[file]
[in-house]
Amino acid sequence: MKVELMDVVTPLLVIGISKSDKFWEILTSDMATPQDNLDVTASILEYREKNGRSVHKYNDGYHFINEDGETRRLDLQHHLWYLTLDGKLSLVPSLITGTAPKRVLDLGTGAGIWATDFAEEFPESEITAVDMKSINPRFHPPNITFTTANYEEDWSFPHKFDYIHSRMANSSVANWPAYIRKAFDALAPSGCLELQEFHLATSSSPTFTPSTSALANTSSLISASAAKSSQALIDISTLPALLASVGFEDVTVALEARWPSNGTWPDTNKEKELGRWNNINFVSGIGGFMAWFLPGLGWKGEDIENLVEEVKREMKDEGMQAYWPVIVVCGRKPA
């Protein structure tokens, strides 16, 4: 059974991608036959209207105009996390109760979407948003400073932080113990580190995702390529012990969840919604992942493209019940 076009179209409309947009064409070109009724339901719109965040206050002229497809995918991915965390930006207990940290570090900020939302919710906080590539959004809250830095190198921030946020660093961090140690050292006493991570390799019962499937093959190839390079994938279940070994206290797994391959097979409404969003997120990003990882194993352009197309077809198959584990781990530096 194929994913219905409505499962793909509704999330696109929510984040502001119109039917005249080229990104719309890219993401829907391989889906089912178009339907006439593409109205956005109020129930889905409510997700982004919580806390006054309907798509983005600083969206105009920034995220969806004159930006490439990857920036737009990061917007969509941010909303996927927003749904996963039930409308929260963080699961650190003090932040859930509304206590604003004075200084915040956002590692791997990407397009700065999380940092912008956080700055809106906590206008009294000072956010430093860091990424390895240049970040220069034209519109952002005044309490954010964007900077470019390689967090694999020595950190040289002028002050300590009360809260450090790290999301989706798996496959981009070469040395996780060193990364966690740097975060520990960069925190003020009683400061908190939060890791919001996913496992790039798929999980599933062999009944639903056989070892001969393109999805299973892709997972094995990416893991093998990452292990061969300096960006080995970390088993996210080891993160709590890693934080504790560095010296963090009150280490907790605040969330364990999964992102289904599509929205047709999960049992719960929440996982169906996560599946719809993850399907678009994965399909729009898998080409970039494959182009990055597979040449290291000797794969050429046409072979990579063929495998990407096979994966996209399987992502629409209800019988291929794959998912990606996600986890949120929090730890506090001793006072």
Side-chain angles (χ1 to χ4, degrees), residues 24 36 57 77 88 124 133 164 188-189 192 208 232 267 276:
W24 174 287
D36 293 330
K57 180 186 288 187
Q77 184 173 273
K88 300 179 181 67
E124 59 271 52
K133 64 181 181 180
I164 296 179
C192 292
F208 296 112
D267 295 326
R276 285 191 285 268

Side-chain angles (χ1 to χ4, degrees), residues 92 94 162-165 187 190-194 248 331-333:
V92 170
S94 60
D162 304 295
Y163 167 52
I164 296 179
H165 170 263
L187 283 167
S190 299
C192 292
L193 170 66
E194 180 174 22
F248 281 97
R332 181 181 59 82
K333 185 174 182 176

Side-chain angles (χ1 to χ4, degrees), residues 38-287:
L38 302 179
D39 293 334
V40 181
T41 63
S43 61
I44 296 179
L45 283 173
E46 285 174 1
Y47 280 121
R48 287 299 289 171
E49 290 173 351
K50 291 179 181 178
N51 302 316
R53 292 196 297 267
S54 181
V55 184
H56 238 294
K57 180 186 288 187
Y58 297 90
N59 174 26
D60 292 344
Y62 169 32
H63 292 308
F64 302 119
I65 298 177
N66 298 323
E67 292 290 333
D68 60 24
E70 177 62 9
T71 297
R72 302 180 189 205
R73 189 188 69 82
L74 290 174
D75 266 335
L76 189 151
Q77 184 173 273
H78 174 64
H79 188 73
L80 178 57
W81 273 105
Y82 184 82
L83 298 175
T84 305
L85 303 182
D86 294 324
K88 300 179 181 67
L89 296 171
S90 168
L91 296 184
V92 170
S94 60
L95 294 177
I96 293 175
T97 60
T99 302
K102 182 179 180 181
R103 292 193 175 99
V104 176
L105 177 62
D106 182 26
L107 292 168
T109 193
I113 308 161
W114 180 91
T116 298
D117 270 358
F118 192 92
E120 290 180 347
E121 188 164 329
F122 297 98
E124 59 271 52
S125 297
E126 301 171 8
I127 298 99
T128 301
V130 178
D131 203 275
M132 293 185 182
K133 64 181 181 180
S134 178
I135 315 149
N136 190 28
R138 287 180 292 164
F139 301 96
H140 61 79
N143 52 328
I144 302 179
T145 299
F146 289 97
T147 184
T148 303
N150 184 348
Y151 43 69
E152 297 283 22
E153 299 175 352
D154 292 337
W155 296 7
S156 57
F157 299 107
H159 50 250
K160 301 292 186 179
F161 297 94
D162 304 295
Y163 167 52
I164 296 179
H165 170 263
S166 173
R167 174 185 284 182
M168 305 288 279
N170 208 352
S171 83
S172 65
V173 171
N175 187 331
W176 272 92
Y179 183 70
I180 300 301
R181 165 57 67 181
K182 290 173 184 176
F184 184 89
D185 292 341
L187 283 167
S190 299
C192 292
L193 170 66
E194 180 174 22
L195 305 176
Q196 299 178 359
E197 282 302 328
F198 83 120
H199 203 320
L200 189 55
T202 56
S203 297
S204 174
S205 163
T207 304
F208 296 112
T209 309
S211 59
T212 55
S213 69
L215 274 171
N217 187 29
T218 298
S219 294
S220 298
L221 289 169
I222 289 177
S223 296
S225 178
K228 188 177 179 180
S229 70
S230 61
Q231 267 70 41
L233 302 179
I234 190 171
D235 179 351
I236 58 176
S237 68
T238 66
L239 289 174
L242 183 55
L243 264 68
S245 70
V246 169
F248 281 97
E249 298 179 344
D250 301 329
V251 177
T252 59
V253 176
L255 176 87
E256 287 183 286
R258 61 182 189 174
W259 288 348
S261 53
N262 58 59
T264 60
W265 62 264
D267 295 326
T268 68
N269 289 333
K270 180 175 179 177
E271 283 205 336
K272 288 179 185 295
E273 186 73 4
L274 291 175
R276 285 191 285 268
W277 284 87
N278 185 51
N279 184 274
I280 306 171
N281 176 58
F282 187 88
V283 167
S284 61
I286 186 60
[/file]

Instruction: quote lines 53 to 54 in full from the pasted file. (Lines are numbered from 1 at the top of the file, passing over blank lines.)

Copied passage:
D60 292 344
Y62 169 32